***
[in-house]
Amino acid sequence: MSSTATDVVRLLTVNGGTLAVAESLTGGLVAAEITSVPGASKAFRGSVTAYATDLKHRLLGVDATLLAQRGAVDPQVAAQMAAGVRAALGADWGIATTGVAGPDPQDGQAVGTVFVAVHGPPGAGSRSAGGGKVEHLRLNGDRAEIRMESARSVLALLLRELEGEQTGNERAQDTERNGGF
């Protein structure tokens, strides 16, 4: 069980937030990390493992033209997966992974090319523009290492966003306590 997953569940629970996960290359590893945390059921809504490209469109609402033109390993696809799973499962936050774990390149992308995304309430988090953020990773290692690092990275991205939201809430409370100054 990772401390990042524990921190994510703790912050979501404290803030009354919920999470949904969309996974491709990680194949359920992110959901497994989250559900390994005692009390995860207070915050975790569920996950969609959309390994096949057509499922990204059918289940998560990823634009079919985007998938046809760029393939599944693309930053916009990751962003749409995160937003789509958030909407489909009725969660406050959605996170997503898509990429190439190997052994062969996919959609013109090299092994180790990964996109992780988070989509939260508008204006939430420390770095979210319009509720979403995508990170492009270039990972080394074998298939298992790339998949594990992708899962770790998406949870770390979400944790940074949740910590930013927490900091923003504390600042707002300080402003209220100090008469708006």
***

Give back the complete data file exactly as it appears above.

[in-house]
Amino acid sequence: MSSTATDVVRLLTVNGGTLAVAESLTGGLVAAEITSVPGASKAFRGSVTAYATDLKHRLLGVDATLLAQRGAVDPQVAAQMAAGVRAALGADWGIATTGVAGPDPQDGQAVGTVFVAVHGPPGAGSRSAGGGKVEHLRLNGDRAEIRMESARSVLALLLRELEGEQTGNERAQDTERNGGF
């Protein structure tokens, strides 16, 4: 069980937030990390493992033209997966992974090319523009290492966003306590 997953569940629970996960290359590893945390059921809504490209469109609402033109390993696809799973499962936050774990390149992308995304309430988090953020990773290692690092990275991205939201809430409370100054 990772401390990042524990921190994510703790912050979501404290803030009354919920999470949904969309996974491709990680194949359920992110959901497994989250559900390994005692009390995860207070915050975790569920996950969609959309390994096949057509499922990204059918289940998560990823634009079919985007998938046809760029393939599944693309930053916009990751962003749409995160937003789509958030909407489909009725969660406050959605996170997503898509990429190439190997052994062969996919959609013109090299092994180790990964996109992780988070989509939260508008204006939430420390770095979210319009509720979403995508990170492009270039990972080394074998298939298992790339998949594990992708899962770790998406949870770390979400944790940074949740910590930013927490900091923003504390600042707002300080402003209220100090008469708006």